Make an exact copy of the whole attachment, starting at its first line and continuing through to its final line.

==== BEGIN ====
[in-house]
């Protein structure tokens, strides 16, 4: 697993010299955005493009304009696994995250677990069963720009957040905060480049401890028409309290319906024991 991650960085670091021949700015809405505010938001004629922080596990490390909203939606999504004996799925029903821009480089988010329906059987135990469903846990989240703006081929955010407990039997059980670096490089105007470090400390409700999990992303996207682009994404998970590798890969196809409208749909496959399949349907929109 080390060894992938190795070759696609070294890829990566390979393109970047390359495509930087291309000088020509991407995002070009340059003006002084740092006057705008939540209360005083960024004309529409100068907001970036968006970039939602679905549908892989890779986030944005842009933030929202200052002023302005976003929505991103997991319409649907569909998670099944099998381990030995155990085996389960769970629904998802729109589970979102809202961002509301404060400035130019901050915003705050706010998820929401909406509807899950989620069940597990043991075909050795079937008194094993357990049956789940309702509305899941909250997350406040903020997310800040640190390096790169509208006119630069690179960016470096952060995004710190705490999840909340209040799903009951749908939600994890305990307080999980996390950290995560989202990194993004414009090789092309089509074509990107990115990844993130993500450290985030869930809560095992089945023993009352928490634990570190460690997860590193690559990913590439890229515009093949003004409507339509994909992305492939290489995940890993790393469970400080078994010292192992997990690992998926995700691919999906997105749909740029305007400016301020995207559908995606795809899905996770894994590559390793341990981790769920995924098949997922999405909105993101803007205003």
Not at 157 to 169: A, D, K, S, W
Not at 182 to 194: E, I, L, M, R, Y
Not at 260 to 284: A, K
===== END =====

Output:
[in-house]
């Protein structure tokens, strides 16, 4: 697993010299955005493009304009696994995250677990069963720009957040905060480049401890028409309290319906024991 991650960085670091021949700015809405505010938001004629922080596990490390909203939606999504004996799925029903821009480089988010329906059987135990469903846990989240703006081929955010407990039997059980670096490089105007470090400390409700999990992303996207682009994404998970590798890969196809409208749909496959399949349907929109 080390060894992938190795070759696609070294890829990566390979393109970047390359495509930087291309000088020509991407995002070009340059003006002084740092006057705008939540209360005083960024004309529409100068907001970036968006970039939602679905549908892989890779986030944005842009933030929202200052002023302005976003929505991103997991319409649907569909998670099944099998381990030995155990085996389960769970629904998802729109589970979102809202961002509301404060400035130019901050915003705050706010998820929401909406509807899950989620069940597990043991075909050795079937008194094993357990049956789940309702509305899941909250997350406040903020997310800040640190390096790169509208006119630069690179960016470096952060995004710190705490999840909340209040799903009951749908939600994890305990307080999980996390950290995560989202990194993004414009090789092309089509074509990107990115990844993130993500450290985030869930809560095992089945023993009352928490634990570190460690997860590193690559990913590439890229515009093949003004409507339509994909992305492939290489995940890993790393469970400080078994010292192992997990690992998926995700691919999906997105749909740029305007400016301020995207559908995606795809899905996770894994590559390793341990981790769920995924098949997922999405909105993101803007205003």
Not at 157 to 169: A, D, K, S, W
Not at 182 to 194: E, I, L, M, R, Y
Not at 260 to 284: A, K